As a result of this, several luxury quilting materials employ flat-bed presses, rather than high-speed rotary presses, to print their designs. As a result, the design can have a more complex and multi-layered appearance.

For those who can afford it, high-quality quilting fabric may produce beautiful, long-lasting quilts.

What Fabric is Best for Quilt Backing?

The front and back of your quilt should, in most cases, be made of the same fabric. As a result, quilting cotton is the most preferred choice for quilt backing since it is sturdy and long-lasting.

Underneath the quilt face and the batting is a quilt backing, which you are undoubtedly already familiar with.

It is possible to purchase extra-large pieces of fabric designed specifically for the backing of a quilt. If you’ve ever seen this cloth referred to as “wideback,” you know what I’m talking about. It’s available in a 108-inch width!

To make your own backing, you can simply stitch together huge pieces of quilting cotton.

Cutting your backing three to four inches larger than the intended size of the quilt’s face is always a good idea. As you stitch together the quilt blocks, this allows for shrinking or moving.

Where Can You Buy Quilting Fabric?

Sewing establishments, online craft vendors like Etsy, and specialized manufacturers such as Robert Kaufman sell quilting fabric. The fat quarter shop and fabric.com, for example, are great places to buy quilting fabric online.

Quality quilting fabric may be guaranteed when you buy from an established brand like Robert Kaufman. Obviously, this alternative is more expensive!

When you buy from a big-box retailer, you get to enjoy the experience of browsing the racks and comparing the many patterns and colors. Large sewing stores are more likely to stock basic quilting cotton rather than high-end fabric.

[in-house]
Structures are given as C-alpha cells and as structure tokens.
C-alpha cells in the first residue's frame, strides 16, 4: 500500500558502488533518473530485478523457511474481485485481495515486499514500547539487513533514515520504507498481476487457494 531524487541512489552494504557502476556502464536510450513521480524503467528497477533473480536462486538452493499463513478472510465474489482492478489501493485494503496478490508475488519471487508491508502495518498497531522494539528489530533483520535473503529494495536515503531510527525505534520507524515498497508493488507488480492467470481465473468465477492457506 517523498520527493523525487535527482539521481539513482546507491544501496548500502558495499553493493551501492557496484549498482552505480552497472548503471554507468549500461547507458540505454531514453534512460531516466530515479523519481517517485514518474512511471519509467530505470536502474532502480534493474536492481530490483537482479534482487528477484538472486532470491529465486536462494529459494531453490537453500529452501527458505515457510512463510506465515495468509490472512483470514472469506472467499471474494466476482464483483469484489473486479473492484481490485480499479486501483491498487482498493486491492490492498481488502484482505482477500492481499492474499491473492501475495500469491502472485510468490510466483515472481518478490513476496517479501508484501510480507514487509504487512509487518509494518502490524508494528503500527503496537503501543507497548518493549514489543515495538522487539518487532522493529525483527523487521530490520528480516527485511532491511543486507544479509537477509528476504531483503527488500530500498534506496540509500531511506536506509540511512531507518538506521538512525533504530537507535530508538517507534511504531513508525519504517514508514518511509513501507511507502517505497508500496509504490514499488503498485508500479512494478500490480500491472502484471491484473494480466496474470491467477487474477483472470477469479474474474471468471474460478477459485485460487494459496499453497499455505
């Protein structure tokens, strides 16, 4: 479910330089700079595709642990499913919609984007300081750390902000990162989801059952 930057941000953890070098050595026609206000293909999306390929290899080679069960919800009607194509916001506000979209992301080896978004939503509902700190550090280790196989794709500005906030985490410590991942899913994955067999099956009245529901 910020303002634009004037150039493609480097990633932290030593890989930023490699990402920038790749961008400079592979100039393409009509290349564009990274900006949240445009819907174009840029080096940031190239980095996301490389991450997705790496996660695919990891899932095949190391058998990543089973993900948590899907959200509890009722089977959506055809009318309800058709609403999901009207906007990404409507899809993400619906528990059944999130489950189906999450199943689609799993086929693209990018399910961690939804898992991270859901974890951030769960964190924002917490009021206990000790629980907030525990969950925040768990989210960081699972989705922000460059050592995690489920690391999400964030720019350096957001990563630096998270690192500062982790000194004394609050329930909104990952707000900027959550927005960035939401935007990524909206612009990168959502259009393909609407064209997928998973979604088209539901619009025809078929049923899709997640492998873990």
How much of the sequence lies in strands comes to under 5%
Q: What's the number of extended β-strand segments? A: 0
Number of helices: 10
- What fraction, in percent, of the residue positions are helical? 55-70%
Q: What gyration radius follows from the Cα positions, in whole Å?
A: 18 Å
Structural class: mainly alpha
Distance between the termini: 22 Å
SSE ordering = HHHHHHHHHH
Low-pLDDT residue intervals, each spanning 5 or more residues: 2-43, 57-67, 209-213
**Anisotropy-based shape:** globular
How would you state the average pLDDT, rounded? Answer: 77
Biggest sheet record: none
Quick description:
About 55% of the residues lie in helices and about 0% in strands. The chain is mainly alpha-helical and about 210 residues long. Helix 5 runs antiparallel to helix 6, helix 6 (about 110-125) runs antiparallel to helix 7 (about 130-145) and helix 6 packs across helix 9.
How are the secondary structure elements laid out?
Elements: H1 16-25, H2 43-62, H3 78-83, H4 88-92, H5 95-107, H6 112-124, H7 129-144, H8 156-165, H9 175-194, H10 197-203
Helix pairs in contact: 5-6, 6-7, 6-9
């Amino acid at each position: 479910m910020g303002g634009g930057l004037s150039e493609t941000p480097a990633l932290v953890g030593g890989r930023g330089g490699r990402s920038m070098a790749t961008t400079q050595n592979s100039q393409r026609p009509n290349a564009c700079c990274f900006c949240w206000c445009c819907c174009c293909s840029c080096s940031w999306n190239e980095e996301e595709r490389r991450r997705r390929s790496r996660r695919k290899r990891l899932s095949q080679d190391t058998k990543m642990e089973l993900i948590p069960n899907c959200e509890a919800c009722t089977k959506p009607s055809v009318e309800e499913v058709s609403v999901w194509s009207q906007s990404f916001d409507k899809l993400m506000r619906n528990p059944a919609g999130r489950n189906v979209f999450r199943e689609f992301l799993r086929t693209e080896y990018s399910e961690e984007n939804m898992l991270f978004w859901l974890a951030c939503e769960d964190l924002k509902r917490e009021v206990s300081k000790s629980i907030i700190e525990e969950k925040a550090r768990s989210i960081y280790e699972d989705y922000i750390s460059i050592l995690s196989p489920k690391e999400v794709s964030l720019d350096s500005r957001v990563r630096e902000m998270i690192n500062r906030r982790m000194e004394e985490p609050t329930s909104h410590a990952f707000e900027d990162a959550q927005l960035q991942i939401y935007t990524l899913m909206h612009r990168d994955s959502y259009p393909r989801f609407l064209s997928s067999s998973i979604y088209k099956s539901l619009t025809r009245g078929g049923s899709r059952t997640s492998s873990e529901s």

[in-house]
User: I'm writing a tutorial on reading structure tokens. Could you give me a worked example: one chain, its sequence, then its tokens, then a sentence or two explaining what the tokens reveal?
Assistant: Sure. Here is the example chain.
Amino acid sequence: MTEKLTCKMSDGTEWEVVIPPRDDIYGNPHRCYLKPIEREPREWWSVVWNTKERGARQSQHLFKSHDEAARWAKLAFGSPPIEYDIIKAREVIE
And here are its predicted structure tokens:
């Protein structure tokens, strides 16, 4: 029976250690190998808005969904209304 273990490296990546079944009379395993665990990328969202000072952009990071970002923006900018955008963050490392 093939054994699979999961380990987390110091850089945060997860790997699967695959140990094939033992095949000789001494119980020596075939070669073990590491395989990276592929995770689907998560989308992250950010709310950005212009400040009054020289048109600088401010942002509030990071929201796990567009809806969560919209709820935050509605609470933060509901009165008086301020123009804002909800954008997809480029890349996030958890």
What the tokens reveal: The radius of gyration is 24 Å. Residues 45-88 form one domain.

If you want a truly personalized quilt, buying unique designs or even hand-dyed material off Etsy might appeal to you. If you buy from an internet seller, you’ll have to do some homework to ensure that the fabric has a high thread count and the appropriate weight.

If you want a truly personalized quilt, buying unique designs or even hand-dyed material off Etsy might appeal to you. If you buy from an internet seller, you’ll have to do some homework to ensure that the fabric has a high thread count and the appropriate weight.

Conclusion

For a truly unique quilt, you may wish to look into purchasing unique designs or even hand-dyed material from Etsy. It’s important to check the thread count and weight of the fabric before making a purchase from an internet merchant.

Memory quilts are another popular style of quilting that employs t-shirt fragments to make a keepsake. Sewing with this cloth has certain obstacles, but it’s a thoughtful approach to commemorate someone or something from your family’s past.

Quilting may be something you’ve attempted in the past. What kind of material did you work with to make this? The best way to let us know is to leave a comment below.